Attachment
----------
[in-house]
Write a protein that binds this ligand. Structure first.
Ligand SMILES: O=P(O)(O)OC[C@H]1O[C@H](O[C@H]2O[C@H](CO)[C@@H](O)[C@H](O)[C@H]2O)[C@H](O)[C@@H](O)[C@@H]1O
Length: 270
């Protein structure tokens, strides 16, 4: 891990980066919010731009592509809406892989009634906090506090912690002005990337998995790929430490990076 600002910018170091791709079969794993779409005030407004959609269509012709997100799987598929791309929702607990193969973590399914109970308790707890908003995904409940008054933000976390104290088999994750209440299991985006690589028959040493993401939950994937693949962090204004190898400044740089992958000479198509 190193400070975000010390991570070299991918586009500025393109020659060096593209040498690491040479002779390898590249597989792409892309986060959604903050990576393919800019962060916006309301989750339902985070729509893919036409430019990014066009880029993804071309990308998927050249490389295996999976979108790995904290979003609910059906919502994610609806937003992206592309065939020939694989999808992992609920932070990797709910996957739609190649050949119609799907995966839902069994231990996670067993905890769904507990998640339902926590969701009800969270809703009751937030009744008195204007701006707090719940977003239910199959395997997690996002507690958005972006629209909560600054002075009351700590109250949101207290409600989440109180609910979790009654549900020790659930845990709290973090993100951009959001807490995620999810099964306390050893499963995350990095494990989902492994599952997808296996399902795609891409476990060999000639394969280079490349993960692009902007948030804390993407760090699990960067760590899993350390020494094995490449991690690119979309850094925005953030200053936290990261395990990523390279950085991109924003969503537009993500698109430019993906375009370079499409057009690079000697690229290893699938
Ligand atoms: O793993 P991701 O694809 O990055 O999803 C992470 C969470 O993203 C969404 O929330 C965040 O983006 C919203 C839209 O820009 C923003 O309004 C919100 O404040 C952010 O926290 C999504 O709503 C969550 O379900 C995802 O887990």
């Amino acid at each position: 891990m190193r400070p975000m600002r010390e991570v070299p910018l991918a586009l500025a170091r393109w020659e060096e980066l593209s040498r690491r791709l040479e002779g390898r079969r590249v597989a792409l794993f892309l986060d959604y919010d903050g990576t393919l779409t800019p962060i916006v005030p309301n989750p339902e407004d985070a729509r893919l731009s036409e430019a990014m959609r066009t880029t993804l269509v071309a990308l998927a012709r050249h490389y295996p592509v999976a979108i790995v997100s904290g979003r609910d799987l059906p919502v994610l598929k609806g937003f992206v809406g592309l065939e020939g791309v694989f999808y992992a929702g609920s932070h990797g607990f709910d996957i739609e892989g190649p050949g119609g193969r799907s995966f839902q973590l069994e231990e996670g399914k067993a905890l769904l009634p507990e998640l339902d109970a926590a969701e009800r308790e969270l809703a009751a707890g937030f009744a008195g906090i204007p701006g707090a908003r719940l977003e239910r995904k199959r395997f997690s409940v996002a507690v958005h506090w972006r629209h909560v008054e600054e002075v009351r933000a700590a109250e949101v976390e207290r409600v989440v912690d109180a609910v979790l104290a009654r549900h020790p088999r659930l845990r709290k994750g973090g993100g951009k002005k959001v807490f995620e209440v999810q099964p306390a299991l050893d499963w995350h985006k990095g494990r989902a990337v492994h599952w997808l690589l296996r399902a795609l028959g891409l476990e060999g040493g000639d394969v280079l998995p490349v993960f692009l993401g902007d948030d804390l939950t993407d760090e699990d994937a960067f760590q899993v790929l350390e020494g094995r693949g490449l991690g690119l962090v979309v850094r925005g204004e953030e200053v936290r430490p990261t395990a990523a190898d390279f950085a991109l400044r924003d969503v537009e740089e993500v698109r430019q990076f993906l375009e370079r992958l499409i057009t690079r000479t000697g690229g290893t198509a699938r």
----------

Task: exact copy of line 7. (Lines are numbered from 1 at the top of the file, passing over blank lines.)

């Amino acid at each position: 891990m190193r400070p975000m600002r010390e991570v070299p910018l991918a586009l500025a170091r393109w020659e060096e980066l593209s040498r690491r791709l040479e002779g390898r079969r590249v597989a792409l794993f892309l986060d959604y919010d903050g990576t393919l779409t800019p962060i916006v005030p309301n989750p339902e407004d985070a729509r893919l731009s036409e430019a990014m959609r066009t880029t993804l269509v071309a990308l998927a012709r050249h490389y295996p592509v999976a979108i790995v997100s904290g979003r609910d799987l059906p919502v994610l598929k609806g937003f992206v809406g592309l065939e020939g791309v694989f999808y992992a929702g609920s932070h990797g607990f709910d996957i739609e892989g190649p050949g119609g193969r799907s995966f839902q973590l069994e231990e996670g399914k067993a905890l769904l009634p507990e998640l339902d109970a926590a969701e009800r308790e969270l809703a009751a707890g937030f009744a008195g906090i204007p701006g707090a908003r719940l977003e239910r995904k199959r395997f997690s409940v996002a507690v958005h506090w972006r629209h909560v008054e600054e002075v009351r933000a700590a109250e949101v976390e207290r409600v989440v912690d109180a609910v979790l104290a009654r549900h020790p088999r659930l845990r709290k994750g973090g993100g951009k002005k959001v807490f995620e209440v999810q099964p306390a299991l050893d499963w995350h985006k990095g494990r989902a990337v492994h599952w997808l690589l296996r399902a795609l028959g891409l476990e060999g040493g000639d394969v280079l998995p490349v993960f692009l993401g902007d948030d804390l939950t993407d760090e699990d994937a960067f760590q899993v790929l350390e020494g094995r693949g490449l991690g690119l962090v979309v850094r925005g204004e953030e200053v936290r430490p990261t395990a990523a190898d390279f950085a991109l400044r924003d969503v537009e740089e993500v698109r430019q990076f993906l375009e370079r992958l499409i057009t690079r000479t000697g690229g290893t198509a699938r």